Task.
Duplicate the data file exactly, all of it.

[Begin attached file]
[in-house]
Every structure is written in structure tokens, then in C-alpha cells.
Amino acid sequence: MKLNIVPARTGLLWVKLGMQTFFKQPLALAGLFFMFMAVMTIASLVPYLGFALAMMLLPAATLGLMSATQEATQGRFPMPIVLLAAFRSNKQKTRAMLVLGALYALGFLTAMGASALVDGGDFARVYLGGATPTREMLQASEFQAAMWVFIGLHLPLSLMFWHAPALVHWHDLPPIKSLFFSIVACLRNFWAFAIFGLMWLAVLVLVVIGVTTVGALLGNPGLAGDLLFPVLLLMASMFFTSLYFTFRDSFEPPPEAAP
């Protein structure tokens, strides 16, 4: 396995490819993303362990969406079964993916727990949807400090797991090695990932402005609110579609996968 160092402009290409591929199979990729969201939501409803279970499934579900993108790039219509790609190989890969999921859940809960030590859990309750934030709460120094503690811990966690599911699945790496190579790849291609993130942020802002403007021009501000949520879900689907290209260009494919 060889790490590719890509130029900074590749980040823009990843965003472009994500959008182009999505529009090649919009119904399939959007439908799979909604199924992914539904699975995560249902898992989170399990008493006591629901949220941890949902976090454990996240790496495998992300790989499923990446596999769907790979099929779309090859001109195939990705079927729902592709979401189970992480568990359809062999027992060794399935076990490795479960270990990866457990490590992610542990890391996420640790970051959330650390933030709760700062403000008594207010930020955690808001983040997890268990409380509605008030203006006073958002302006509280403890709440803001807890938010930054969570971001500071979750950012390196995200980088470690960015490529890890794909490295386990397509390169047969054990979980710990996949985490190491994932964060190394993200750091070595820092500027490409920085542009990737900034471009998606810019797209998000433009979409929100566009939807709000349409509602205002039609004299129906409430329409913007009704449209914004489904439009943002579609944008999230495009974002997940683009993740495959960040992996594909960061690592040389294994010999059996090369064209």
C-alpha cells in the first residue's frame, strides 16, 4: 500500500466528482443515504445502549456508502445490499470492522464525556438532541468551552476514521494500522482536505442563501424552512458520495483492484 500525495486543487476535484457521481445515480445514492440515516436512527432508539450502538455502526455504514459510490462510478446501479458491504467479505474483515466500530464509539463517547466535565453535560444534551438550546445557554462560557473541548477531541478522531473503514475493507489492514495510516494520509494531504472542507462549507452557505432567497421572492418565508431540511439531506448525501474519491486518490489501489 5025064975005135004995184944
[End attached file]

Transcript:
[in-house]
Every structure is written in structure tokens, then in C-alpha cells.
Amino acid sequence: MKLNIVPARTGLLWVKLGMQTFFKQPLALAGLFFMFMAVMTIASLVPYLGFALAMMLLPAATLGLMSATQEATQGRFPMPIVLLAAFRSNKQKTRAMLVLGALYALGFLTAMGASALVDGGDFARVYLGGATPTREMLQASEFQAAMWVFIGLHLPLSLMFWHAPALVHWHDLPPIKSLFFSIVACLRNFWAFAIFGLMWLAVLVLVVIGVTTVGALLGNPGLAGDLLFPVLLLMASMFFTSLYFTFRDSFEPPPEAAP
């Protein structure tokens, strides 16, 4: 396995490819993303362990969406079964993916727990949807400090797991090695990932402005609110579609996968 160092402009290409591929199979990729969201939501409803279970499934579900993108790039219509790609190989890969999921859940809960030590859990309750934030709460120094503690811990966690599911699945790496190579790849291609993130942020802002403007021009501000949520879900689907290209260009494919 060889790490590719890509130029900074590749980040823009990843965003472009994500959008182009999505529009090649919009119904399939959007439908799979909604199924992914539904699975995560249902898992989170399990008493006591629901949220941890949902976090454990996240790496495998992300790989499923990446596999769907790979099929779309090859001109195939990705079927729902592709979401189970992480568990359809062999027992060794399935076990490795479960270990990866457990490590992610542990890391996420640790970051959330650390933030709760700062403000008594207010930020955690808001983040997890268990409380509605008030203006006073958002302006509280403890709440803001807890938010930054969570971001500071979750950012390196995200980088470690960015490529890890794909490295386990397509390169047969054990979980710990996949985490190491994932964060190394993200750091070595820092500027490409920085542009990737900034471009998606810019797209998000433009979409929100566009939807709000349409509602205002039609004299129906409430329409913007009704449209914004489904439009943002579609944008999230495009974002997940683009993740495959960040992996594909960061690592040389294994010999059996090369064209």
C-alpha cells in the first residue's frame, strides 16, 4: 500500500466528482443515504445502549456508502445490499470492522464525556438532541468551552476514521494500522482536505442563501424552512458520495483492484 500525495486543487476535484457521481445515480445514492440515516436512527432508539450502538455502526455504514459510490462510478446501479458491504467479505474483515466500530464509539463517547466535565453535560444534551438550546445557554462560557473541548477531541478522531473503514475493507489492514495510516494520509494531504472542507462549507452557505432567497421572492418565508431540511439531506448525501474519491486518490489501489 5025064975005135004995184944